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N Engl J Med. 2018 Aug 23;379(8):753-763. doi: 10.1056/NEJMoa1802905. Epub 2018 Aug 15.

Talazoparib in Patients with Advanced Breast Cancer and a Germline BRCA Mutation.

Author information

1
From the University of Texas M.D. Anderson Cancer Center, Houston (J.K.L.), and the Texas Oncology-Baylor Charles A. Sammons Cancer Center, US Oncology Network, Dallas (J.L.B.) - both in Texas; University of California, San Francisco, Helen Diller Family Comprehensive Cancer Center (H.S.R.), and Pfizer (R.G.W.Q., D.M., I.C.T., A.L.H.), San Francisco, University of California, Los Angeles, Los Angeles (S.A.H.), and Kaiser Permanente, Northern California, Vallejo (L.F.) - all in California; the Department of Obstetrics and Gynecology, Klinikum Rechts der Isar, Technische Universität München (J.E.), and Interdisziplinäres Onkologisches Zentrum München (W.E.) - both in Munich, Germany; Institut Paoli-Calmettes, Marseille (A.G.), and Institut Claudius Regaud, Institut Universitaire du Cancer Toulouse, Toulouse (H.R.) - both in France; Seoul National University Hospital (K.-H.L.) and Samsung Medical Center (Y.-H.I.) - both in Seoul, South Korea; Rabin Medical Center, Beilinson Hospital, Petah Tikva, Israel (R.Y.); Banner M.D. Anderson Cancer Center, Gilbert, AZ (L.A.M.); and Instituto de Investigación Sanitaria Gregorio Marañón, Centro de Investigación Biomédica en Red Oncología, Grupo Español de Investigación en Cáncer de Mama, Universidad Complutense, Madrid (M.M.).

Abstract

BACKGROUND:

The poly(adenosine diphosphate-ribose) inhibitor talazoparib has shown antitumor activity in patients with advanced breast cancer and germline mutations in BRCA1 and BRCA2 ( BRCA1/2).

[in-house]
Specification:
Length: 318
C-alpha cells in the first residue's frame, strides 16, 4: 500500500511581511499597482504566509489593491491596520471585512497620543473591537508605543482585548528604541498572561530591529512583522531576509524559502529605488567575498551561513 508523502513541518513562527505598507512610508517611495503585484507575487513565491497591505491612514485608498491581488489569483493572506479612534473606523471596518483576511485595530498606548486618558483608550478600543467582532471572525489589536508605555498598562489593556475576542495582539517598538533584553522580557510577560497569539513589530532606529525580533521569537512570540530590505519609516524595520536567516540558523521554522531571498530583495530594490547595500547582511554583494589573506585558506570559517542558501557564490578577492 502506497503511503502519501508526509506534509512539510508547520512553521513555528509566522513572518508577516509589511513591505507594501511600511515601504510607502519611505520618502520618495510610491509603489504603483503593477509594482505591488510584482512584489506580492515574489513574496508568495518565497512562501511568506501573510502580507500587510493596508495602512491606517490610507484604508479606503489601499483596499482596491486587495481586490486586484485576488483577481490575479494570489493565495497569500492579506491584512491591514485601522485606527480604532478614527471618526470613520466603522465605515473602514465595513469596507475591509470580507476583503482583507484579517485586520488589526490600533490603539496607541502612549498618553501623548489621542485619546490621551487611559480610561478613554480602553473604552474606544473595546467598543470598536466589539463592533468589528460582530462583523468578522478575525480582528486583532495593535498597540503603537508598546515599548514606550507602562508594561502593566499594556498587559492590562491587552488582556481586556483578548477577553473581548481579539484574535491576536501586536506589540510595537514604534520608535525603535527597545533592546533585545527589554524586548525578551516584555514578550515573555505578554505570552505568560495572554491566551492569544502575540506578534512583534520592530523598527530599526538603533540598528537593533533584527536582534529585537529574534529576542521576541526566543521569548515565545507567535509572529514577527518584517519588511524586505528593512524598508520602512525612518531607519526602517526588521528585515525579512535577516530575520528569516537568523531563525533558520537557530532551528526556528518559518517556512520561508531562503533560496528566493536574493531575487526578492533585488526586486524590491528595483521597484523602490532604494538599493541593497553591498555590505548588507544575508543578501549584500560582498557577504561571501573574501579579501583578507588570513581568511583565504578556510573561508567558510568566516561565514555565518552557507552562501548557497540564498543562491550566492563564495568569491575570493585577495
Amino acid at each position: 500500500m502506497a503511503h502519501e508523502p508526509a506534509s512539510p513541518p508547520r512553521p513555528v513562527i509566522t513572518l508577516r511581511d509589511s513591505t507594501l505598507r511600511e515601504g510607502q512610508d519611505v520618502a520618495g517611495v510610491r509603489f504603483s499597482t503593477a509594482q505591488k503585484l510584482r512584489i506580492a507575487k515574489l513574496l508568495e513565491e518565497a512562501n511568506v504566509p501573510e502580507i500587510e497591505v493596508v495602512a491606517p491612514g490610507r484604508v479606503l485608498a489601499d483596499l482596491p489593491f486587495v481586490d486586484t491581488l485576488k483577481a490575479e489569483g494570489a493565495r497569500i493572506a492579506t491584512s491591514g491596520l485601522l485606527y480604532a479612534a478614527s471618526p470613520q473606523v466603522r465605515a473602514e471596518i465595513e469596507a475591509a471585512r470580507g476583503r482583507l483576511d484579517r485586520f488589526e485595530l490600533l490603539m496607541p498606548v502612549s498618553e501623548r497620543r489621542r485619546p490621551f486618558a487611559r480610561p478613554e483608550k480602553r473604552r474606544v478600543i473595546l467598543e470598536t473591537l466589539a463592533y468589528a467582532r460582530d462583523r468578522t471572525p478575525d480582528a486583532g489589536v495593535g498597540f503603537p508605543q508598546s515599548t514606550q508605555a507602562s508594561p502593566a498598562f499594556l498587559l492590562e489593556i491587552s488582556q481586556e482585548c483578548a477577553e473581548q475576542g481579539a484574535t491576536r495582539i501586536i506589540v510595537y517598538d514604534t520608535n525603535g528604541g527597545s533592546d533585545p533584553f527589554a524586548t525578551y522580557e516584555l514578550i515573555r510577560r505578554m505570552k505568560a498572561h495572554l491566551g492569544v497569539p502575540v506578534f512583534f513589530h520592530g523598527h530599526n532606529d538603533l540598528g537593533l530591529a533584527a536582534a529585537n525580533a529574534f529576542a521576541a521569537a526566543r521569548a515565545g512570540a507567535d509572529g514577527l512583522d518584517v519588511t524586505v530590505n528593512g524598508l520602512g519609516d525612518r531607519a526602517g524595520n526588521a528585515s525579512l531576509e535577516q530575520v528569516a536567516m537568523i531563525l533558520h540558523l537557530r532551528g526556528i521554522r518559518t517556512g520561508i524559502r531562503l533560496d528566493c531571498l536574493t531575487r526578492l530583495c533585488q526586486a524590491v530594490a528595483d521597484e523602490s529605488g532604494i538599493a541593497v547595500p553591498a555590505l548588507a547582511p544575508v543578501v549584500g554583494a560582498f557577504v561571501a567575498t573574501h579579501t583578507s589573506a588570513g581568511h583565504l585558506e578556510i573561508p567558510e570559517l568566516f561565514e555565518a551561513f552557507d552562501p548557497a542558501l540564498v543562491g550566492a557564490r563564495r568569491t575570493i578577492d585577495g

METHODS:

We conducted a randomized, open-label, phase 3 trial in which patients with advanced breast cancer and a germline BRCA1/2 mutation were assigned, in a 2:1 ratio, to receive talazoparib (1 mg once daily) or standard single-agent therapy of the physician's choice (capecitabine, eribulin, gemcitabine, or vinorelbine in continuous 21-day cycles). The primary end point was progression-free survival, which was assessed by blinded independent central review.

RESULTS:

Of the 431 patients who underwent randomization, 287 were assigned to receive talazoparib and 144 were assigned to receive standard therapy. Median progression-free survival was significantly longer in the talazoparib group than in the standard-therapy group (8.6 months vs. 5.6 months; hazard ratio for disease progression or death, 0.54; 95% confidence interval [CI], 0.41 to 0.71; P<0.001). The interim median hazard ratio for death was 0.76 (95% CI, 0.55 to 1.06; P=0.11 [57% of projected events]). The objective response rate was higher in the talazoparib group than in the standard-therapy group (62.6% vs. 27.2%; odds ratio, 5.0; 95% CI, 2.9 to 8.8; P<0.001). Hematologic grade 3-4 adverse events (primarily anemia) occurred in 55% of the patients who received talazoparib and in 38% of the patients who received standard therapy; nonhematologic grade 3 adverse events occurred in 32% and 38% of the patients, respectively. Patient-reported outcomes favored talazoparib; significant overall improvements and significant delays in the time to clinically meaningful deterioration according to both the global health status-quality-of-life and breast symptoms scales were observed.

CONCLUSIONS:

Among patients with advanced breast cancer and a germline BRCA1/2 mutation, single-agent talazoparib provided a significant benefit over standard chemotherapy with respect to progression-free survival. Patient-reported outcomes were superior with talazoparib. (Funded by Medivation [Pfizer]; EMBRACA ClinicalTrials.gov number, NCT01945775 .).

PMID:
30110579
DOI:
10.1056/NEJMoa1802905
[Indexed for MEDLINE]

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